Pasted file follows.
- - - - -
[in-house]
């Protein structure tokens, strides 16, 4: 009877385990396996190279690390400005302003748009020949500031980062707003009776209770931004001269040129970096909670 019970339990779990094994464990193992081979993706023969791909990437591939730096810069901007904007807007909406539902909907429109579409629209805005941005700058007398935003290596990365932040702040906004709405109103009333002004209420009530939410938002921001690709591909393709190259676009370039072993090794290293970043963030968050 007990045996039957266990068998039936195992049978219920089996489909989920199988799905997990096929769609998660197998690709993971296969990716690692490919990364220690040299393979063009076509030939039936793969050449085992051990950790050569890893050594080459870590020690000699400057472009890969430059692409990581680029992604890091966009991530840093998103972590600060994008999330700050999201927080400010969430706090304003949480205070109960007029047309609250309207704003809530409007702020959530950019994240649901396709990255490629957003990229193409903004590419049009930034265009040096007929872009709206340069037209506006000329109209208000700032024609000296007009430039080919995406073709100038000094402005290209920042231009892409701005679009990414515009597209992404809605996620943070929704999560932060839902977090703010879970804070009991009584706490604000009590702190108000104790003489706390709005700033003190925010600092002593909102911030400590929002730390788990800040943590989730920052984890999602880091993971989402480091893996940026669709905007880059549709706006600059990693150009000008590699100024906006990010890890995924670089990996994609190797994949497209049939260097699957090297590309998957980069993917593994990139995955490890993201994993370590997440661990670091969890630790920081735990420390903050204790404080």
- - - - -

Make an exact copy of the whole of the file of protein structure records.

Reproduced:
[in-house]
């Protein structure tokens, strides 16, 4: 009877385990396996190279690390400005302003748009020949500031980062707003009776209770931004001269040129970096909670 019970339990779990094994464990193992081979993706023969791909990437591939730096810069901007904007807007909406539902909907429109579409629209805005941005700058007398935003290596990365932040702040906004709405109103009333002004209420009530939410938002921001690709591909393709190259676009370039072993090794290293970043963030968050 007990045996039957266990068998039936195992049978219920089996489909989920199988799905997990096929769609998660197998690709993971296969990716690692490919990364220690040299393979063009076509030939039936793969050449085992051990950790050569890893050594080459870590020690000699400057472009890969430059692409990581680029992604890091966009991530840093998103972590600060994008999330700050999201927080400010969430706090304003949480205070109960007029047309609250309207704003809530409007702020959530950019994240649901396709990255490629957003990229193409903004590419049009930034265009040096007929872009709206340069037209506006000329109209208000700032024609000296007009430039080919995406073709100038000094402005290209920042231009892409701005679009990414515009597209992404809605996620943070929704999560932060839902977090703010879970804070009991009584706490604000009590702190108000104790003489706390709005700033003190925010600092002593909102911030400590929002730390788990800040943590989730920052984890999602880091993971989402480091893996940026669709905007880059549709706006600059990693150009000008590699100024906006990010890890995924670089990996994609190797994949497209049939260097699957090297590309998957980069993917593994990139995955490890993201994993370590997440661990670091969890630790920081735990420390903050204790404080």